[AfrICANN-discuss] ICANN Establishes Forum on Allocation Methods for Single-letter and Single-digit Domain Names

Anne-Rachel Inné annerachel at gmail.com
Tue Oct 16 20:33:08 SAST 2007

ICANN Establishes Forum on Allocation Methods for Single-letter and
Single-digit Domain Names

16 October 2007

As recommended by the GNSO Council, ICANN is commencing a forum on potential
allocation methods for single-letter and single-digit domain names at the
second level in gTLD registries. Examples include a.com, i.info, 4.mobi,
8.org. Since revenue will result from this allocation, comments regarding
the potential uses for this revenue are also requested.

ICANN intends to synthesize responses to the forum and present proposed
methods for allocation of single-letter and single-digit domain names at the
second level for community consideration.

To be considered by ICANN, ideas on potential allocation methods should be
submitted no later than 23:59 UTC, 15 November 2007 to
allocationmethods at icann.org. Comments may be viewed at

The GNSO Council asked ICANN to initiate a forum on this issue after
considering a report of the Council's Reserved Names Working Group (RN-WG),
which recommended that "single letters and digits be released at the second
level in future gTLDs, and that those currently reserved in existing gTLDs
should be released. This release should be contingent upon the use of
appropriate allocation frameworks. More work may be needed. In future gTLDs
we recommend that single letters and single digits be available at the
second (and third level if applicable)." The GNSO is one of ICANN's primary
stakeholder-populated policy making bodies. The recommendations of the RN-WG
can be found at
http://gnso.icann.org/issues/new-gtlds/final-report-rn-wg-23may07.pdf [PDF,


Currently, all 16 gTLD registry agreements (.AERO, .ASIA, .BIZ, .CAT, .COM,
.TRAVEL) provide for the reservation of single-letter and single-digit names
at the second level. ICANN's gTLD registry agreements contain the following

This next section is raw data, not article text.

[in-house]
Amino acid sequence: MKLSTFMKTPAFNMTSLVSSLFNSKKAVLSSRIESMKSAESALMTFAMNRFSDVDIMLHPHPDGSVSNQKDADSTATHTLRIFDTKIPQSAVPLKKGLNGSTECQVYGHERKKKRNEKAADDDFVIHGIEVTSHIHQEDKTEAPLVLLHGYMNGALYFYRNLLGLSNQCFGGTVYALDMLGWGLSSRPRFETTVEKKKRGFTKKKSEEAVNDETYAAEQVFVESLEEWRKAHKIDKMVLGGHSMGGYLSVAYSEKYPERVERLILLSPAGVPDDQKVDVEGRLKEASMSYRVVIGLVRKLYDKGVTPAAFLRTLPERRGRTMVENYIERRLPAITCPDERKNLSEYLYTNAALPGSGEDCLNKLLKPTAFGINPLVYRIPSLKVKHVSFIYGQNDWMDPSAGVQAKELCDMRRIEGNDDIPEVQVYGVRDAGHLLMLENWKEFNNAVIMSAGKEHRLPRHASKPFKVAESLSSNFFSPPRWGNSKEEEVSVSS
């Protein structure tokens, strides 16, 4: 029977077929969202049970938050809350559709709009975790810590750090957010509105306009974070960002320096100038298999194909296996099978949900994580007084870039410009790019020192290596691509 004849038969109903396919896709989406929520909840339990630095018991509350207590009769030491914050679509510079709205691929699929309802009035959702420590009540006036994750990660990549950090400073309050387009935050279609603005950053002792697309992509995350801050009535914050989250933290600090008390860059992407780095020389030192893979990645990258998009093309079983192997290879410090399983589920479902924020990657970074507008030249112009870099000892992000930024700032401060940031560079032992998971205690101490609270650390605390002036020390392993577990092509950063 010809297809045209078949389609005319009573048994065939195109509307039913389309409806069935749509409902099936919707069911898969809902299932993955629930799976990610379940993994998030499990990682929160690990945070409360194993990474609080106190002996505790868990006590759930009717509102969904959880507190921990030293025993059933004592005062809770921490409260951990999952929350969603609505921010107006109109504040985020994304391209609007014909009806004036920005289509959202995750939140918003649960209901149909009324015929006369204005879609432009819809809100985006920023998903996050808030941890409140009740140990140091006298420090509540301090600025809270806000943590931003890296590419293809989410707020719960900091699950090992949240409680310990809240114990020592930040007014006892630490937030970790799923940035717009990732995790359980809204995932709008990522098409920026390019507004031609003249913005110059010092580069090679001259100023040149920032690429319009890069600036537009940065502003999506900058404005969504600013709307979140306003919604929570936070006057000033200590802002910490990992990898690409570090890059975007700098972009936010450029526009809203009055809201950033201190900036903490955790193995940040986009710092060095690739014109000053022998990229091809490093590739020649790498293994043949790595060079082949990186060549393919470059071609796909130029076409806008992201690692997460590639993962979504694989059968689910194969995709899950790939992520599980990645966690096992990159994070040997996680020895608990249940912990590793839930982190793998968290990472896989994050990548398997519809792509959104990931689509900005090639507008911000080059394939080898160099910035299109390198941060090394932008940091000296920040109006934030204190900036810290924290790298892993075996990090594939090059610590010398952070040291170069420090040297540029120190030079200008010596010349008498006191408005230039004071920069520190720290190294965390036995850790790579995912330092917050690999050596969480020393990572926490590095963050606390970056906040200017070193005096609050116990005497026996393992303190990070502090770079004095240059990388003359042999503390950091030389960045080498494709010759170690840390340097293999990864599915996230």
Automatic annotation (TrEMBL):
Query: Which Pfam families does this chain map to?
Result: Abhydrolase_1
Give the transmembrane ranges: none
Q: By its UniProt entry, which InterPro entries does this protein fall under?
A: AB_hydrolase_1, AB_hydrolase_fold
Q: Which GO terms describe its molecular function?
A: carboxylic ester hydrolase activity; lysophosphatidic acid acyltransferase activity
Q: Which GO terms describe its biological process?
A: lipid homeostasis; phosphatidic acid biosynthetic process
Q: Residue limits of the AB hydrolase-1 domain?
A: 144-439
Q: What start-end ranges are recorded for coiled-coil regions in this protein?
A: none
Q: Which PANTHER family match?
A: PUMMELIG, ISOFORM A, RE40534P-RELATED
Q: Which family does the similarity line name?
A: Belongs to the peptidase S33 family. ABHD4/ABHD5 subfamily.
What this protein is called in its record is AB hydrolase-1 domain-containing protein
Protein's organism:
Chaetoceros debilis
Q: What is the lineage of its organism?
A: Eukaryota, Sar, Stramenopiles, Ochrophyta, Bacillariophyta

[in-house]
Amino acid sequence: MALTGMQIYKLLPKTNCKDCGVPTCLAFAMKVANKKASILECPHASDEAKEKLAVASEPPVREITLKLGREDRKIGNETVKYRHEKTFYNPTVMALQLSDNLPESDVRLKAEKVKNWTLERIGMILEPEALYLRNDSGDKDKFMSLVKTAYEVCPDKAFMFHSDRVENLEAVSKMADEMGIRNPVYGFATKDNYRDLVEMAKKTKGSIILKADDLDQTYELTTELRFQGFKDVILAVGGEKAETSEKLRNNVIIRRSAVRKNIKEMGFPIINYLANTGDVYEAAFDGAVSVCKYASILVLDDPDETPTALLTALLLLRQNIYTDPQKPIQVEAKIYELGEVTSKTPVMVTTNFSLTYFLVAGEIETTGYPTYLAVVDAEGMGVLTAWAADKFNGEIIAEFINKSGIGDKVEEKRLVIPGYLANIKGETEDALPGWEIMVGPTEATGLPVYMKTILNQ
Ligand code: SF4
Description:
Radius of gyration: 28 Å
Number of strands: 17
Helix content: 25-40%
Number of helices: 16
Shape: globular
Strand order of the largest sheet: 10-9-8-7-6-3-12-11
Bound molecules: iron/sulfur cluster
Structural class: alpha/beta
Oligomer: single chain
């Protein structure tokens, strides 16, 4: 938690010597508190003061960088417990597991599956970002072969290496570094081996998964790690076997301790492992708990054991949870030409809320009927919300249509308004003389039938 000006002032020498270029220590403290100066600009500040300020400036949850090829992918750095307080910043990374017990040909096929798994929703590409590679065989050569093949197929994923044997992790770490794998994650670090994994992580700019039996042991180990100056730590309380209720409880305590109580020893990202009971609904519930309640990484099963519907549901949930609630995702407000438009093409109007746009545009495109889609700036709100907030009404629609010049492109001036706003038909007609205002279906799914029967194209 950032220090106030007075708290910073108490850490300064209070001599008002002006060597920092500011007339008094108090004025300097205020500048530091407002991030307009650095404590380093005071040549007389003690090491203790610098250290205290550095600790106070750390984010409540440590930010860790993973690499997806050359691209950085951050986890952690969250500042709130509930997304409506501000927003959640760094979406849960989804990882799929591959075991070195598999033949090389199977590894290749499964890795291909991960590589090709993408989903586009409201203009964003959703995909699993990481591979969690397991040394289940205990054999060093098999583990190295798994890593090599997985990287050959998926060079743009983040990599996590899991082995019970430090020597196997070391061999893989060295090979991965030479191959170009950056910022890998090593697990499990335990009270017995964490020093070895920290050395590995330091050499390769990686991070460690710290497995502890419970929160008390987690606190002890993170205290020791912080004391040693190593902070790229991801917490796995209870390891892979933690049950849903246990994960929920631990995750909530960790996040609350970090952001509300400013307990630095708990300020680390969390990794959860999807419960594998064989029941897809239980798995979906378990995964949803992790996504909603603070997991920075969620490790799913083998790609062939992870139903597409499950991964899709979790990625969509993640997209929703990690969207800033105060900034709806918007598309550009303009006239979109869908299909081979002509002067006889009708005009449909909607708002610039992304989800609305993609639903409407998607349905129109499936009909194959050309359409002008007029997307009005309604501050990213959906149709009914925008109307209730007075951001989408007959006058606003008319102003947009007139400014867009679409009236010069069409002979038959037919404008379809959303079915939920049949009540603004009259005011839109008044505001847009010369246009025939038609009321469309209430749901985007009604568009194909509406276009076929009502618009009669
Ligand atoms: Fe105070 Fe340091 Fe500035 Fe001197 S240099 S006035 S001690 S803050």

provision on single-letter and single-digit names. See Appendix 6 of the
.TEL Registry Agreement,
http://www.icann.org/tlds/agreements/tel/appendix-6-07apr06.htm ("the
following names shall be reserved at the second-level: All single-character

Letters, numbers and the hyphen symbol are allowed within second level names
in both top level and country code TLDs. Single letters and numbers also are
allowed as IDNs -- as single-character Unicode renderings of ASCII
compatible (ACE) forms of IDNA valid strings.

Before the current reserved name policy was imposed in 1993, Jon Postel
(under the IANA function) took steps to reserve all available single
character letters and numbers at the second level for future extensibility
of the Internet (see 20 May 1994 email from Jon Postel,
http://ops.ietf.org/lists/namedroppers/namedroppers.199x/msg01156.html). All
but six (q.com, x.com, z.com, i.net, q.net, and x.org) of the possible 144
single letters or numbers at the second-level in .COM, .EDU, .NET and .ORG
remain reserved by IANA. Those six registrations are an exception to the
reservation practice. Under current practice, these names would be placed on
reserve if the registrations were allowed to expire.

The RN-WG carefully considered technical implications of releasing
single-letter and single-digit domain names from reservation, and engaged in
discussions with technical experts as the working group recommendations were
being developed.

There are currently 265 TLDs in the root zone (19 gTLDs and 246 ccTLDs).
Although nearly all single-letter and single-digit domain names are reserved
in gTLDs, 24% of ccTLDs (60) have at least one single-character name
registration. According to IANA, out of 9540 possible combinations of
single-character ASCII names (containing 26 letters, 10 numbers, but not
symbols, across 265 TLDs), 1225 delegations of single-character ASCII names
exist in the TLD zones (See

ICANN has received many inquiries from third parties seeking to register
single-letter and single-digit domain names, and has advised these parties
that the names are reserved. Through the establishment of the public forum
described above, ICANN is following its bottom-up, multi-stakeholder model
to develop suitable allocation mechanisms for the release of single-letter
and single-digit domain names as recommended by the GNSO working group.
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